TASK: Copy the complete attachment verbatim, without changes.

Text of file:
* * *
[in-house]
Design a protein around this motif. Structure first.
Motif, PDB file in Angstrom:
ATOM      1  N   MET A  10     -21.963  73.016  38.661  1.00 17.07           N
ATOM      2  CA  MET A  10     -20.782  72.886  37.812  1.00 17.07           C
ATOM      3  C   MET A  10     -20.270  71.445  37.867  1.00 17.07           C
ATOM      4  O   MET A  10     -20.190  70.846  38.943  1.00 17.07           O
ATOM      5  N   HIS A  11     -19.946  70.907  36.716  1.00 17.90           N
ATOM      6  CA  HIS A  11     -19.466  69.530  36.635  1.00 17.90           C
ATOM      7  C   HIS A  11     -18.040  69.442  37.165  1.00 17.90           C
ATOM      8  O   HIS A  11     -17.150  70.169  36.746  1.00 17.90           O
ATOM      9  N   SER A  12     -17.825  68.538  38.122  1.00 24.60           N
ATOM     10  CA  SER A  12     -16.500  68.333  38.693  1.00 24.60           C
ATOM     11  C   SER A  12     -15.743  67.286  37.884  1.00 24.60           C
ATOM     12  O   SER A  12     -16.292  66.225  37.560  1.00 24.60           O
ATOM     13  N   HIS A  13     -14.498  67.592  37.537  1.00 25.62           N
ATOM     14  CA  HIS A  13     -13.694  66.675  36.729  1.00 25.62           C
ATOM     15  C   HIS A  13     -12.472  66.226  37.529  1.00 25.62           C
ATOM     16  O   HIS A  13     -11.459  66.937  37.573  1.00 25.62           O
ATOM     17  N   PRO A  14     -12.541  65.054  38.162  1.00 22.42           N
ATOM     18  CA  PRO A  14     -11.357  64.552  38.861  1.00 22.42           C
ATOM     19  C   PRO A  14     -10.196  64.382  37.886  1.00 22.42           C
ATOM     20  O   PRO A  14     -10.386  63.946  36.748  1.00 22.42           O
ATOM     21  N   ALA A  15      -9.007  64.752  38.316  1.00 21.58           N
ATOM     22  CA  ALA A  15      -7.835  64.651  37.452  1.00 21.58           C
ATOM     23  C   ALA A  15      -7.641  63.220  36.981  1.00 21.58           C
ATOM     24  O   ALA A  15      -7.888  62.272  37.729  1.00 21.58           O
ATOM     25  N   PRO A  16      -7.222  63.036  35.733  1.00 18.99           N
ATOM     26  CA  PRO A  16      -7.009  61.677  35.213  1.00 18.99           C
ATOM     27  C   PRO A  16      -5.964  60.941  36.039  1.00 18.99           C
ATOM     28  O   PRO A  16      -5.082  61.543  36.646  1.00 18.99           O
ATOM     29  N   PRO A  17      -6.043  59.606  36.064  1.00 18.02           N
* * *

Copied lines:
[in-house]
Design a protein around this motif. Structure first.
Motif, PDB file in Angstrom:
ATOM      1  N   MET A  10     -21.963  73.016  38.661  1.00 17.07           N
ATOM      2  CA  MET A  10     -20.782  72.886  37.812  1.00 17.07           C
ATOM      3  C   MET A  10     -20.270  71.445  37.867  1.00 17.07           C
ATOM      4  O   MET A  10     -20.190  70.846  38.943  1.00 17.07           O
ATOM      5  N   HIS A  11     -19.946  70.907  36.716  1.00 17.90           N
ATOM      6  CA  HIS A  11     -19.466  69.530  36.635  1.00 17.90           C
ATOM      7  C   HIS A  11     -18.040  69.442  37.165  1.00 17.90           C
ATOM      8  O   HIS A  11     -17.150  70.169  36.746  1.00 17.90           O
ATOM      9  N   SER A  12     -17.825  68.538  38.122  1.00 24.60           N
ATOM     10  CA  SER A  12     -16.500  68.333  38.693  1.00 24.60           C
ATOM     11  C   SER A  12     -15.743  67.286  37.884  1.00 24.60           C
ATOM     12  O   SER A  12     -16.292  66.225  37.560  1.00 24.60           O
ATOM     13  N   HIS A  13     -14.498  67.592  37.537  1.00 25.62           N
ATOM     14  CA  HIS A  13     -13.694  66.675  36.729  1.00 25.62           C
ATOM     15  C   HIS A  13     -12.472  66.226  37.529  1.00 25.62           C
ATOM     16  O   HIS A  13     -11.459  66.937  37.573  1.00 25.62           O
ATOM     17  N   PRO A  14     -12.541  65.054  38.162  1.00 22.42           N
ATOM     18  CA  PRO A  14     -11.357  64.552  38.861  1.00 22.42           C
ATOM     19  C   PRO A  14     -10.196  64.382  37.886  1.00 22.42           C
ATOM     20  O   PRO A  14     -10.386  63.946  36.748  1.00 22.42           O
ATOM     21  N   ALA A  15      -9.007  64.752  38.316  1.00 21.58           N
ATOM     22  CA  ALA A  15      -7.835  64.651  37.452  1.00 21.58           C
ATOM     23  C   ALA A  15      -7.641  63.220  36.981  1.00 21.58           C
ATOM     24  O   ALA A  15      -7.888  62.272  37.729  1.00 21.58           O
ATOM     25  N   PRO A  16      -7.222  63.036  35.733  1.00 18.99           N
ATOM     26  CA  PRO A  16      -7.009  61.677  35.213  1.00 18.99           C
ATOM     27  C   PRO A  16      -5.964  60.941  36.039  1.00 18.99           C
ATOM     28  O   PRO A  16      -5.082  61.543  36.646  1.00 18.99           O
ATOM     29  N   PRO A  17      -6.043  59.606  36.064  1.00 18.02           N